The last 96 hours are the most important part of an election campaign, so I feel like there's nothing really that close in New York that I can affect on a national level.
GWEN IFILL: So I see bumper stickers here, "Law Enforcement for Santorum," "Racing Fans for Santorum," "Farmers for Santorum." Do each of those people get a different kind of approach?
MATT BURNS: They certainly may, like I said, you know, depending on what issue is important to them. And it's not just Republicans, we just happen to do it better. But certainly we're looking to tailor our message to those who are going to support our ticket based on a particular issue they may be interested in.
CAMPAIGN VOLUNTEER: Thank you very much. Great to see you.
CITIZEN: Take care now. All right. Bye-bye.
Priming base without losing others
GWEN IFILL: Candidates walk a fine line searching for ways to energize their strongest supporters, often with slashing advertising...
TV AD NARRATOR: Jim Gerlach voted against requiring the president to provide a plan for success. And Gerlach opposed a plan to bring our troops home.
TV AD NARRATOR: Lois Murphy doesn't seem to mind taking money out of our pockets. No wonder she's supported by every radical liberal organization in the country.
GWEN IFILL: ... without turning off other voters altogether.
PATRICK EIDING: I think it's resonating with the average person.
GWEN IFILL: But sometimes "resonating" means people throw up their hands and stay home. How do you get -- how do you know that people who are angry will actually turn out to vote, instead of just saying "never mind"?
PATRICK EIDING: Well, I think that's a job that we have. I mean, we're concerned with that. We're very concerned with that.
I'm concerned that tomorrow that people are disgusted with all the negative commercials that are on and those kinds of things that people just throw up their hands and say, "I'm not going to bother with either one of them." So our goal is to try to keep the message there.
GWEN IFILL: Are you targeting people who are undecided at this late stage or are you going for voters who you know will support you but who might otherwise stay home?
MATT BURNS: Well, you know, both. I mean, certainly, we want to make sure that people that we know are going to support our ticket turn out, but obviously this late in the election cycle you still have some folks that are undecided. We want every last vote. We want to turn out everybody we possibly can that is going to ultimately support the Republican ticket.
Thousands work to the end
GWEN IFILL: Eiding says he's put 8,000 union-affiliated workers in the streets this campaign season, knocking on 800,000 doors.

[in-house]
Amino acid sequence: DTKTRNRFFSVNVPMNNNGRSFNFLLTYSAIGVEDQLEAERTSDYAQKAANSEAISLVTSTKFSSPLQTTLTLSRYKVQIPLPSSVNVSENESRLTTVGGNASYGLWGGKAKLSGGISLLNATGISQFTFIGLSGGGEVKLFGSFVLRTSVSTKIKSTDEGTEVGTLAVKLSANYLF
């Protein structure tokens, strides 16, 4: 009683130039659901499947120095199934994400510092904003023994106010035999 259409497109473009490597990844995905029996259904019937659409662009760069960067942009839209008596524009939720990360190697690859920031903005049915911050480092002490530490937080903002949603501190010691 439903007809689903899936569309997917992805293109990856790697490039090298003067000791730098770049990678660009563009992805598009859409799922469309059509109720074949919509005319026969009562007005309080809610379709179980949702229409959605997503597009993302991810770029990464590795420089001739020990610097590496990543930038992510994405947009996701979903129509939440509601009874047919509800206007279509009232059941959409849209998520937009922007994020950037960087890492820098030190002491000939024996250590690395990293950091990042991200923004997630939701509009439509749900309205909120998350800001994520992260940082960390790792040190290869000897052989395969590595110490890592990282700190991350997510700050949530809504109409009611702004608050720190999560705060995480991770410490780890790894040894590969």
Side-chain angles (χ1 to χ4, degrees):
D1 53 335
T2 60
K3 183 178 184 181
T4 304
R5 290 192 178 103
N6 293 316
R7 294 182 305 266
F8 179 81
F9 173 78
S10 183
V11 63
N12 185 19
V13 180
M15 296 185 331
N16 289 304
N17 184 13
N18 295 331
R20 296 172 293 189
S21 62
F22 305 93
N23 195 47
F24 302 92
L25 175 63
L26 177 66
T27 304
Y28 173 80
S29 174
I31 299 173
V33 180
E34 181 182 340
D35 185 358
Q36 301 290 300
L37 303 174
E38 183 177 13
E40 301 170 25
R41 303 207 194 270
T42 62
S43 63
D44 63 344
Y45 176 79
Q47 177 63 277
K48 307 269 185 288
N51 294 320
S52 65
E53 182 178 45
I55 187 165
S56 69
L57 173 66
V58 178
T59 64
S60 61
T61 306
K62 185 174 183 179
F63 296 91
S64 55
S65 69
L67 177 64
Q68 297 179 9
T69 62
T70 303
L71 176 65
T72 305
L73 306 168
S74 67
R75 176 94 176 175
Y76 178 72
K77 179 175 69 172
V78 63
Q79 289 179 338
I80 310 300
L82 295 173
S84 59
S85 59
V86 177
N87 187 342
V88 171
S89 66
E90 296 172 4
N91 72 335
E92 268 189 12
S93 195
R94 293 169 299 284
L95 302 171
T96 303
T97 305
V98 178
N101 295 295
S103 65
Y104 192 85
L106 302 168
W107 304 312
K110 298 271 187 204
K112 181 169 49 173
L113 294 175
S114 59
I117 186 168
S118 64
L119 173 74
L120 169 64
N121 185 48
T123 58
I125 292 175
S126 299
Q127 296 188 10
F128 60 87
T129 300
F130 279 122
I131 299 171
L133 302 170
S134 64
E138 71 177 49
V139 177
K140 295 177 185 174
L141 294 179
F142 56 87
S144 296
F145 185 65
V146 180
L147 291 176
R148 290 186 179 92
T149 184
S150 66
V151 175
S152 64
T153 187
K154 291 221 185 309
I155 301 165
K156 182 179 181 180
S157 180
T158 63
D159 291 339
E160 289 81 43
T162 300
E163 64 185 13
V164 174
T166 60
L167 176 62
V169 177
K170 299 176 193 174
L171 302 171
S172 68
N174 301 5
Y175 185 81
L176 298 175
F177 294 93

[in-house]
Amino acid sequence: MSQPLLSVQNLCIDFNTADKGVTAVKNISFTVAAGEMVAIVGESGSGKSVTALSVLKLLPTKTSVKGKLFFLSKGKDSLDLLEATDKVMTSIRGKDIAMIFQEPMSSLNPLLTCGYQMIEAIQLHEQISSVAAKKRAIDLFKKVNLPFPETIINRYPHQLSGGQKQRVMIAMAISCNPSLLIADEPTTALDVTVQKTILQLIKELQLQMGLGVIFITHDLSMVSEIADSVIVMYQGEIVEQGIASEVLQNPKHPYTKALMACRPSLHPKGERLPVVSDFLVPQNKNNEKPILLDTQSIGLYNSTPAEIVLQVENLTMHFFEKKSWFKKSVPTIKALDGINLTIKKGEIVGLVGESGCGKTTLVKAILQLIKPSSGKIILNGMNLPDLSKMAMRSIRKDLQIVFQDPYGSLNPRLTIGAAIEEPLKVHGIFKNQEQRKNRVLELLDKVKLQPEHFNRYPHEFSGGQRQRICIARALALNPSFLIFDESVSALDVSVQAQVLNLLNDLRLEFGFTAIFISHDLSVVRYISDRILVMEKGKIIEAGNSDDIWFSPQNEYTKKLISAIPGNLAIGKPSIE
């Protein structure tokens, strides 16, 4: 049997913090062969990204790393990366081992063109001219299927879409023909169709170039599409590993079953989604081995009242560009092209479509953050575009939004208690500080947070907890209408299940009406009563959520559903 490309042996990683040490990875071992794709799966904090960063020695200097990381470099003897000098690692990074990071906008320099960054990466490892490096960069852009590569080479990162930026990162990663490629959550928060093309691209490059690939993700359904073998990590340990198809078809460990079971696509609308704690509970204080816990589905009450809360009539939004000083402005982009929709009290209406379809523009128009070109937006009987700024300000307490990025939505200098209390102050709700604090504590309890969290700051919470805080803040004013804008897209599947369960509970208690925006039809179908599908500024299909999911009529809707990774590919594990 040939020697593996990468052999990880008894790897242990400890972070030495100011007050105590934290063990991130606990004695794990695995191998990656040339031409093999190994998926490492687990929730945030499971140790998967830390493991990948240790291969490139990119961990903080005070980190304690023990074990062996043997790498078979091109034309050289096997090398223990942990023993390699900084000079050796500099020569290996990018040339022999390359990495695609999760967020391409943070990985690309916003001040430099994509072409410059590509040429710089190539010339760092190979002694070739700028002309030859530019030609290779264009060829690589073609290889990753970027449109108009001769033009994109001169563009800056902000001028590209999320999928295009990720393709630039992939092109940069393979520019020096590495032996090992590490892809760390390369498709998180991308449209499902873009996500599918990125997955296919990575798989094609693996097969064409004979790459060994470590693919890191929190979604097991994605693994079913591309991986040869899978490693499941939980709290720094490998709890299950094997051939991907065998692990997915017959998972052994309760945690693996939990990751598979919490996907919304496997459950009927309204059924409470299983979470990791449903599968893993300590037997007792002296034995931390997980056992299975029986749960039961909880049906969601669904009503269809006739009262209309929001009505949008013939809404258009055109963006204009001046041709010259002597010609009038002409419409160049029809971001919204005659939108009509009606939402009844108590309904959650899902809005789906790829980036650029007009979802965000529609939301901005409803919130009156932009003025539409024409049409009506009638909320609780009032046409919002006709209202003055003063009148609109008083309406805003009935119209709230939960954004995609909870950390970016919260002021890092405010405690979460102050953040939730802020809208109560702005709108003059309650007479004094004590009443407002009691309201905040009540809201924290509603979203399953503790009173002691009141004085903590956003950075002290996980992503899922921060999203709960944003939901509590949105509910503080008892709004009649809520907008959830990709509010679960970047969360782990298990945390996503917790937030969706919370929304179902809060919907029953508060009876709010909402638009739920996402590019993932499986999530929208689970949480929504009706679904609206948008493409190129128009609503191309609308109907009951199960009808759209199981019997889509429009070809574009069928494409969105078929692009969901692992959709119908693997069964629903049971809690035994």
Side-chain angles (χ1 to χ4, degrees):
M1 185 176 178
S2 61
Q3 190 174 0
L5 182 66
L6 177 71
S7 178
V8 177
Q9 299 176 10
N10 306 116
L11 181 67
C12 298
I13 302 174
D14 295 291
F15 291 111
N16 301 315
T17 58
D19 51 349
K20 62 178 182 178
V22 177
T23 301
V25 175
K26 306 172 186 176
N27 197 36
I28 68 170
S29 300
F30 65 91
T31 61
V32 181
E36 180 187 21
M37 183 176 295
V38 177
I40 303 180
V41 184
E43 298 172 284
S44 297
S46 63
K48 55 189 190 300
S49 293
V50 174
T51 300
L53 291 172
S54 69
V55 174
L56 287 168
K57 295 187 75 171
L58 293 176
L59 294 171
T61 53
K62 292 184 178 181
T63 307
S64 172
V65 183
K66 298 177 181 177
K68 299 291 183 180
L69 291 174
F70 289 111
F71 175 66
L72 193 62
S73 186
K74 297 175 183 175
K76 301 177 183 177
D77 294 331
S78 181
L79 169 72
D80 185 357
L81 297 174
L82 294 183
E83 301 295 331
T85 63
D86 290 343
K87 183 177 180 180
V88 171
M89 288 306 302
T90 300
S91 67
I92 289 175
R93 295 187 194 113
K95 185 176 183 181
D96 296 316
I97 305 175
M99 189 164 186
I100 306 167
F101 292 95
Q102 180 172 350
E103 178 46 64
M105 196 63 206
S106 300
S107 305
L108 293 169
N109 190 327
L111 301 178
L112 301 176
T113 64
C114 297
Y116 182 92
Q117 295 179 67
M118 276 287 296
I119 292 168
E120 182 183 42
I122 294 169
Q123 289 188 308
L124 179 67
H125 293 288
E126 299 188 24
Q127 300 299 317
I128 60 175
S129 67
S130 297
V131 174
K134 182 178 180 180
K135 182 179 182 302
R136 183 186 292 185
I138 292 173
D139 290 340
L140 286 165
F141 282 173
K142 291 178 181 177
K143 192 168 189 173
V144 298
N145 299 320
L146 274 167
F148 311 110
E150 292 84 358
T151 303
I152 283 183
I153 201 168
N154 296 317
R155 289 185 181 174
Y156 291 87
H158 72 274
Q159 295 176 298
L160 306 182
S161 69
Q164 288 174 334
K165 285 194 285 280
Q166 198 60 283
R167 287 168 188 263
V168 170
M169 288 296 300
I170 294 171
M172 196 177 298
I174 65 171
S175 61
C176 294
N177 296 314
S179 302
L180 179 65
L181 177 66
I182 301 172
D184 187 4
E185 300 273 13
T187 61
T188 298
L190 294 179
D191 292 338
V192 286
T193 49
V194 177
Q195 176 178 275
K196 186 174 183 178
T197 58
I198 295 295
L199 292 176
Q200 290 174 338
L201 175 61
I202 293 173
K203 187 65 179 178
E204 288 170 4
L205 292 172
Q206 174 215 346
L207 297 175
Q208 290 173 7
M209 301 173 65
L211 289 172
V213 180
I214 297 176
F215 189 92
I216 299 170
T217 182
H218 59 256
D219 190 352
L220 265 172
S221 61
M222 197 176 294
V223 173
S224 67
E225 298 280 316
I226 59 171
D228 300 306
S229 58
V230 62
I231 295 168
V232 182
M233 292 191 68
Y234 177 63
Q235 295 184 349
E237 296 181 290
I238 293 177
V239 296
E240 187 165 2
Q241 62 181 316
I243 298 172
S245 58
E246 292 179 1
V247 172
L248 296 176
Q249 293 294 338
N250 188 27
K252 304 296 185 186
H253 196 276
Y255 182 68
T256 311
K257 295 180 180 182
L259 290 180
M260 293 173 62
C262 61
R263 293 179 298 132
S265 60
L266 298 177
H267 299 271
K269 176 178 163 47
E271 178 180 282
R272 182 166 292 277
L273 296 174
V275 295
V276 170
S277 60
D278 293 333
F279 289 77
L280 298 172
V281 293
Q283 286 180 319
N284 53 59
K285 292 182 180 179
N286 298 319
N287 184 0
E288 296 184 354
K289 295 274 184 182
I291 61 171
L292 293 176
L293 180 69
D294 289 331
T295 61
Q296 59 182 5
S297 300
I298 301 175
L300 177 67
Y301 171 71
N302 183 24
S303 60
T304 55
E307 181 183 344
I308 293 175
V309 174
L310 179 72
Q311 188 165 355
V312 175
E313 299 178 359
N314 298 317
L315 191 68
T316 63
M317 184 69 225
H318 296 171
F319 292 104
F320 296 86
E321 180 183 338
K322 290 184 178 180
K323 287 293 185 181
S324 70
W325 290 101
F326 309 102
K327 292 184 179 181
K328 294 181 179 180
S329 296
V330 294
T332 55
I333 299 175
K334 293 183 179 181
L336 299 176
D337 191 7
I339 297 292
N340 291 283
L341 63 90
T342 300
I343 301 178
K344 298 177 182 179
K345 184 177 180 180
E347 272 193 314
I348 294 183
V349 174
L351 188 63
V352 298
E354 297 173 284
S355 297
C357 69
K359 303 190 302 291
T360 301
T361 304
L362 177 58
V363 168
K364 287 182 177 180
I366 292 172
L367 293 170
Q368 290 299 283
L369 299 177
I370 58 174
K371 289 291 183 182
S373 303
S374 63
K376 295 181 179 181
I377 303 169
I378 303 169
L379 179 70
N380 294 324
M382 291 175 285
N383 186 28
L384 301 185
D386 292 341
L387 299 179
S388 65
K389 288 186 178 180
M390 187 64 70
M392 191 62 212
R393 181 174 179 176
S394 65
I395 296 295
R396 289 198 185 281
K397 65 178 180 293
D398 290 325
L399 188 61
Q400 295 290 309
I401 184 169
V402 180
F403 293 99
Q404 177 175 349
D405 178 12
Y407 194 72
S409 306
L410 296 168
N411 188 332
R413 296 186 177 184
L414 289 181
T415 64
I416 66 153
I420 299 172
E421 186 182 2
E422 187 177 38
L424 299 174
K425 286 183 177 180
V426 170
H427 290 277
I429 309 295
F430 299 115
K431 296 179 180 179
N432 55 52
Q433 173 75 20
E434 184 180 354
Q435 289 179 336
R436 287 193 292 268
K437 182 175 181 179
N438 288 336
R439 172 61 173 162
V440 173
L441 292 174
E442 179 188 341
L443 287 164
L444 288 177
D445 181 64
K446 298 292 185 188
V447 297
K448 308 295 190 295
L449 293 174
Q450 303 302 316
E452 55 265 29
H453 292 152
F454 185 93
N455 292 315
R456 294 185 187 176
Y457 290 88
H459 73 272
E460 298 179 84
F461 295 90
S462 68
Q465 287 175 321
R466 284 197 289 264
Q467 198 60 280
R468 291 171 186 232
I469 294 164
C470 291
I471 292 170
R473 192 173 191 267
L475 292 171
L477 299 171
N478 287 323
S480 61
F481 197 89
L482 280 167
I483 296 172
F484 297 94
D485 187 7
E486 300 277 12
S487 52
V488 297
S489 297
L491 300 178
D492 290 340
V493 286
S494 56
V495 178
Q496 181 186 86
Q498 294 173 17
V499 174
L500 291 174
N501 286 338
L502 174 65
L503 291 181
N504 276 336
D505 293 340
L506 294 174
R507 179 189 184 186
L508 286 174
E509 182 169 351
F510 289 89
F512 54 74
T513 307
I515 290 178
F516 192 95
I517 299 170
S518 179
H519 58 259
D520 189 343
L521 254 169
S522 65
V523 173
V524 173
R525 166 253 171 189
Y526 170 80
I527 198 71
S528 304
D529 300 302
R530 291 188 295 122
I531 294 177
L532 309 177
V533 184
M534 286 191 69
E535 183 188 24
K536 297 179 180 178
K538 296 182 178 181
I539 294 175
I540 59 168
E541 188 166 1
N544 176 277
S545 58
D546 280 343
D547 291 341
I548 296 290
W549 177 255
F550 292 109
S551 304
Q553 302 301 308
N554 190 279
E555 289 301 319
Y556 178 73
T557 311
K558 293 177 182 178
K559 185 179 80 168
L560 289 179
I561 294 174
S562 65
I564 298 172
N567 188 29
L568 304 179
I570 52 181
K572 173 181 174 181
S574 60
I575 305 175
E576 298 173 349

PATRICK EIDING: So we're saying, you know, "Come on out, Republicans. Come on out, Democrats. Vote." We'd like to see the -- the higher the percentage of voters that come out on Election Day or tomorrow, I think we have a good shot at winning because of what this country is going through and where we are.
GWEN IFILL: Burns says he had 5,000 workers out in Bucks, Delaware and Montgomery Counties just this past weekend, part of what national Republicans call their 72-hour strategy, volunteers like Fred Conner and Tommy Goetz.
FRED CONNER, Republican Volunteer: Really, within the last week, I'd have to say that the tone has really changed, from what I've seen. I mean, maybe 100 calls a week and on average 50, 60 doors, maybe more on a Saturday. And just within the last two weeks, it seems that people are really now getting engaged.
TOMMY GOETZ, Republican Volunteer: I think it's strategic. People see that common folk like ourselves are all together in this, and it's like a team. It becomes a team to win, and I think that's what's going to happen.
GWEN IFILL: Voters went to the polls today to test the boasts.
Is Tuesday going to be a long night?
MATT BURNS: Well, they've all been long nights lately.
PATRICK EIDING: I am really looking forward to it. You know, I'm like the basketball player who wants the ball. I want to go tomorrow. I'm ready to go for tomorrow. We're ready.
GWEN IFILL: But in so many races today, the outcome is a jump ball.
CAMPAIGN ORGANIZER: You know, I know you guys are all strong Republicans, and so am I, but I don't want to -- you know, it's going back and forth in my mind with all the stuff going on.
GWEN IFILL: So many toss-ups, so little time.